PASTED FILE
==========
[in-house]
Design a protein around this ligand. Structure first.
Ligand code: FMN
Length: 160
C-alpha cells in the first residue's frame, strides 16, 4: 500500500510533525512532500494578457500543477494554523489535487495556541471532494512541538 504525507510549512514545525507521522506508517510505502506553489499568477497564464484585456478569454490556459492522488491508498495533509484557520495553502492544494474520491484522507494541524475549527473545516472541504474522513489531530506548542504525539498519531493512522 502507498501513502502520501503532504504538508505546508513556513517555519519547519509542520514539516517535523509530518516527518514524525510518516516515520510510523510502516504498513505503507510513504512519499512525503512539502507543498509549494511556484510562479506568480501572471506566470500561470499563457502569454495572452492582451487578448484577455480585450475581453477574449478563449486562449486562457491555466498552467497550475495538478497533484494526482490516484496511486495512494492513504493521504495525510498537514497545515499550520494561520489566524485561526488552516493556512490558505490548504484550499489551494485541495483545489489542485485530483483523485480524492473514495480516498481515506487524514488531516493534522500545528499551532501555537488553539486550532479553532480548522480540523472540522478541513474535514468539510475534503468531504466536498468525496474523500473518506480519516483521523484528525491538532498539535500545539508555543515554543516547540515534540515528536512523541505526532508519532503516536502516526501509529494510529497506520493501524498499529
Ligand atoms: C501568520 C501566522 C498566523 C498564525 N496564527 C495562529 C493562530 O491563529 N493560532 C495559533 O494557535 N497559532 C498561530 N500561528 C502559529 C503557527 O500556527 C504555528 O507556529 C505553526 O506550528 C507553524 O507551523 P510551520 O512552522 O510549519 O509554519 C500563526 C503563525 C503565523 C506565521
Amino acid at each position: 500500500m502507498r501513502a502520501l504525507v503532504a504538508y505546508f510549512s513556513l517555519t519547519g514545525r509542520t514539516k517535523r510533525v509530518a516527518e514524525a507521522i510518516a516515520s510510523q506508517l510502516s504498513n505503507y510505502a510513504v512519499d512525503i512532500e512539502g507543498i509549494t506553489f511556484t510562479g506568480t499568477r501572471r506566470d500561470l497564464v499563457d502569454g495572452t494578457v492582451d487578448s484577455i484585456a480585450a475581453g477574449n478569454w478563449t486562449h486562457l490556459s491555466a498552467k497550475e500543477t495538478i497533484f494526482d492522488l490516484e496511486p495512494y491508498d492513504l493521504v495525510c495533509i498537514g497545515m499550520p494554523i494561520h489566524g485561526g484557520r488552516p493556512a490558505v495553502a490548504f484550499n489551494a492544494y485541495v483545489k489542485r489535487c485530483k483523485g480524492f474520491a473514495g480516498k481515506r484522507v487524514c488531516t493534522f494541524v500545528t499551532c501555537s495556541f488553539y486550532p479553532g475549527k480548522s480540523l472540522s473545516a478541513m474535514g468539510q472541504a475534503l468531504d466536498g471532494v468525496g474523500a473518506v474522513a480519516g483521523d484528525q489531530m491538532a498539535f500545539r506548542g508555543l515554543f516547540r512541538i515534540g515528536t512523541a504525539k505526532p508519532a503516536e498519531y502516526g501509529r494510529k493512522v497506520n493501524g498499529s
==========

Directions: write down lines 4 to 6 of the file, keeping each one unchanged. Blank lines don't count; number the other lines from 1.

Length: 160
C-alpha cells in the first residue's frame, strides 16, 4: 500500500510533525512532500494578457500543477494554523489535487495556541471532494512541538 504525507510549512514545525507521522506508517510505502506553489499568477497564464484585456478569454490556459492522488491508498495533509484557520495553502492544494474520491484522507494541524475549527473545516472541504474522513489531530506548542504525539498519531493512522 502507498501513502502520501503532504504538508505546508513556513517555519519547519509542520514539516517535523509530518516527518514524525510518516516515520510510523510502516504498513505503507510513504512519499512525503512539502507543498509549494511556484510562479506568480501572471506566470500561470499563457502569454495572452492582451487578448484577455480585450475581453477574449478563449486562449486562457491555466498552467497550475495538478497533484494526482490516484496511486495512494492513504493521504495525510498537514497545515499550520494561520489566524485561526488552516493556512490558505490548504484550499489551494485541495483545489489542485485530483483523485480524492473514495480516498481515506487524514488531516493534522500545528499551532501555537488553539486550532479553532480548522480540523472540522478541513474535514468539510475534503468531504466536498468525496474523500473518506480519516483521523484528525491538532498539535500545539508555543515554543516547540515534540515528536512523541505526532508519532503516536502516526501509529494510529497506520493501524498499529
Ligand atoms: C501568520 C501566522 C498566523 C498564525 N496564527 C495562529 C493562530 O491563529 N493560532 C495559533 O494557535 N497559532 C498561530 N500561528 C502559529 C503557527 O500556527 C504555528 O507556529 C505553526 O506550528 C507553524 O507551523 P510551520 O512552522 O510549519 O509554519 C500563526 C503563525 C503565523 C506565521